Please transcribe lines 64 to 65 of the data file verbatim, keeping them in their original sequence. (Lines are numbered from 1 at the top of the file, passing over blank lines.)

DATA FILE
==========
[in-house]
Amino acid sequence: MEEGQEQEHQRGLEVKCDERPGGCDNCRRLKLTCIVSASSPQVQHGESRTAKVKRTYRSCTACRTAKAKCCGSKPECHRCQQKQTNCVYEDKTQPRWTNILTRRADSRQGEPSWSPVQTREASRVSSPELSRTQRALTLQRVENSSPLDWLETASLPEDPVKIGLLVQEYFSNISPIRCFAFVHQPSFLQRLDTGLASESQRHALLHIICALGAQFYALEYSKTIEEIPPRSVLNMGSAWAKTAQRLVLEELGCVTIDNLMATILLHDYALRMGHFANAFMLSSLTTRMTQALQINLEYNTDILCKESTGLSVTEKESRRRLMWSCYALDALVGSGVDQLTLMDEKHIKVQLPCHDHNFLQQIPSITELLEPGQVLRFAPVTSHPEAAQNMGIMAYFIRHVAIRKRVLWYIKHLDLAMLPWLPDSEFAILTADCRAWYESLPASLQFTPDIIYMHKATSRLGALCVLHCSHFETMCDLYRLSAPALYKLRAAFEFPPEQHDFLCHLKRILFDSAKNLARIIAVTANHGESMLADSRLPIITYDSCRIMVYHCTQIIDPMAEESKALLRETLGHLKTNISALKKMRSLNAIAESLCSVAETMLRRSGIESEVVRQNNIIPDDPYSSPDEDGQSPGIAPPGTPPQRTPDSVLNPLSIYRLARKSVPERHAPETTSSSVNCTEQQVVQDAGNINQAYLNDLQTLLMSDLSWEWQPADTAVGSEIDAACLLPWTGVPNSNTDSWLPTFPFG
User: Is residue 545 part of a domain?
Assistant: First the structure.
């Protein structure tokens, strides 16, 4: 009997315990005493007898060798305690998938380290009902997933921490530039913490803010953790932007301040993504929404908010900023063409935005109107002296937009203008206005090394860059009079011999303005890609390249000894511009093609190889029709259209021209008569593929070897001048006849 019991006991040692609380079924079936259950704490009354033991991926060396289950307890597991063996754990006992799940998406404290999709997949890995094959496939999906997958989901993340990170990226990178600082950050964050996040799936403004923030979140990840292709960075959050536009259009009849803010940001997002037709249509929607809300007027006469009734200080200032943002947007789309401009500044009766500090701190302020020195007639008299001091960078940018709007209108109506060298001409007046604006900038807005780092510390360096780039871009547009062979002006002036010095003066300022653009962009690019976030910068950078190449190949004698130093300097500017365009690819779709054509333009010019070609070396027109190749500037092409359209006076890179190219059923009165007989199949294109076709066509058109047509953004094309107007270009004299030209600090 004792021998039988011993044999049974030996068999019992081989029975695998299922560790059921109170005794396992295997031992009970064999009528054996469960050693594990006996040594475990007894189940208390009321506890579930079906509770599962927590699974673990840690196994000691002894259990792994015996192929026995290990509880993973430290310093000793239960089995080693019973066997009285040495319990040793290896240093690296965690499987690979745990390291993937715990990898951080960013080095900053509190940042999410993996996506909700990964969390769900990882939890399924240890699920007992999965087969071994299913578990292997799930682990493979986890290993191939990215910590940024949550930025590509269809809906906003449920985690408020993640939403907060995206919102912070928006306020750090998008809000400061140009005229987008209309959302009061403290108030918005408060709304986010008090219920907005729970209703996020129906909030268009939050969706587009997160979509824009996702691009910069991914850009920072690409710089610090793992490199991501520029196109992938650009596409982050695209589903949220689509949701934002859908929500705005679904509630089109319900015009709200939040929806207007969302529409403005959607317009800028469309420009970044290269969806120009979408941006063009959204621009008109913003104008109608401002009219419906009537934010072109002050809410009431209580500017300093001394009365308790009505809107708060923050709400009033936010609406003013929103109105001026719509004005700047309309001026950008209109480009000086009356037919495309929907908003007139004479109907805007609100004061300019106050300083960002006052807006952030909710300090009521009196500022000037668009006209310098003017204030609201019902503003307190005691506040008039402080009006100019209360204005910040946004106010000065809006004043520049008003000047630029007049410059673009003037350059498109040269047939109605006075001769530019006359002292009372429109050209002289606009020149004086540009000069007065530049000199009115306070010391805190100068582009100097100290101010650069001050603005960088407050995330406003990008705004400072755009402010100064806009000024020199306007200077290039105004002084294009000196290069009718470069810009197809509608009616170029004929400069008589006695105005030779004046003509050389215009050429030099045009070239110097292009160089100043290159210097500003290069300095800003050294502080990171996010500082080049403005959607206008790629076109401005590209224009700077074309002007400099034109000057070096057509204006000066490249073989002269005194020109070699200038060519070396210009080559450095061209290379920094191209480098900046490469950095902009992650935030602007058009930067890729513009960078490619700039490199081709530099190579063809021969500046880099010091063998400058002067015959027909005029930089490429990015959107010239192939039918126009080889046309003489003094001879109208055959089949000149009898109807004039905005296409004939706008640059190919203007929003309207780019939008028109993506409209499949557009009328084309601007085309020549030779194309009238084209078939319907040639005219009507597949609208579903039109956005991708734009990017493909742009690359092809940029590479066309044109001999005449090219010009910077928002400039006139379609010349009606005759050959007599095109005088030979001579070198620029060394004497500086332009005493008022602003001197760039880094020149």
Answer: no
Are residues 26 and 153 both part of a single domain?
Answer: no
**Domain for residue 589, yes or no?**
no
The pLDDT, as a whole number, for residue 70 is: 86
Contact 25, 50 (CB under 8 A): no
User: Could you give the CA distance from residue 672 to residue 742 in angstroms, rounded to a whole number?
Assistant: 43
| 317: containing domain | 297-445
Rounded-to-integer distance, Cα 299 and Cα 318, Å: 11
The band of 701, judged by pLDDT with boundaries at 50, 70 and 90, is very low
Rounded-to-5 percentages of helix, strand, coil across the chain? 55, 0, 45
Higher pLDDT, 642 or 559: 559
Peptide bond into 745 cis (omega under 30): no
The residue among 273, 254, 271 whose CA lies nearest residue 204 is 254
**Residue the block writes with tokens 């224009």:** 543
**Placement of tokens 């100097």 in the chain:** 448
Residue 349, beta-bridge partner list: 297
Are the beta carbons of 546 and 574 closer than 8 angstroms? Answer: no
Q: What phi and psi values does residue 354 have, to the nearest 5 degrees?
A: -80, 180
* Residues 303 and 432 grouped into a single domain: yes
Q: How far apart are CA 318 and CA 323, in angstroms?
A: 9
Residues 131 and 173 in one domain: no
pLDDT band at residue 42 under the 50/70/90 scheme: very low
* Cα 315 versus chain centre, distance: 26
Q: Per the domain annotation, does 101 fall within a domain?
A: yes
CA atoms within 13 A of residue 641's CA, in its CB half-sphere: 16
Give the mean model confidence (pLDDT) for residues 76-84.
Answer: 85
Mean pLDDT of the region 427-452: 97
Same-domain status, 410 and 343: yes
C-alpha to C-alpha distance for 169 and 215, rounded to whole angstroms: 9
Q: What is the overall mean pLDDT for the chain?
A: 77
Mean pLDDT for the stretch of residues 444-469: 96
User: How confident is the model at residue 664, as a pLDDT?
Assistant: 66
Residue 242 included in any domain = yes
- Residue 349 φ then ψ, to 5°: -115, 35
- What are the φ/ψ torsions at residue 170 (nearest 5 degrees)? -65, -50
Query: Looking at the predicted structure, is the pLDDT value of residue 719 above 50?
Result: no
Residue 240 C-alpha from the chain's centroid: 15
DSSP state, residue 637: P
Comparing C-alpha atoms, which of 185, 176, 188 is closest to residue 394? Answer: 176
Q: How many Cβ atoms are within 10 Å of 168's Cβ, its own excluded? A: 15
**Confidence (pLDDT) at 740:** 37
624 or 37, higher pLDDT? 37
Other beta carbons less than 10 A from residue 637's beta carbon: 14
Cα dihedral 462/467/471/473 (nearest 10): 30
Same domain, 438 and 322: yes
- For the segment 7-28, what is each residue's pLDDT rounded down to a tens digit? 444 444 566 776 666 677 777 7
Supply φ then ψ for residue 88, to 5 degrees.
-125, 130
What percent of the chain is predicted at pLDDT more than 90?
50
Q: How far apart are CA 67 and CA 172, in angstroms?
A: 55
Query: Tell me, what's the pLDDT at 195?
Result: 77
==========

What percent of the chain is predicted at pLDDT more than 90?
50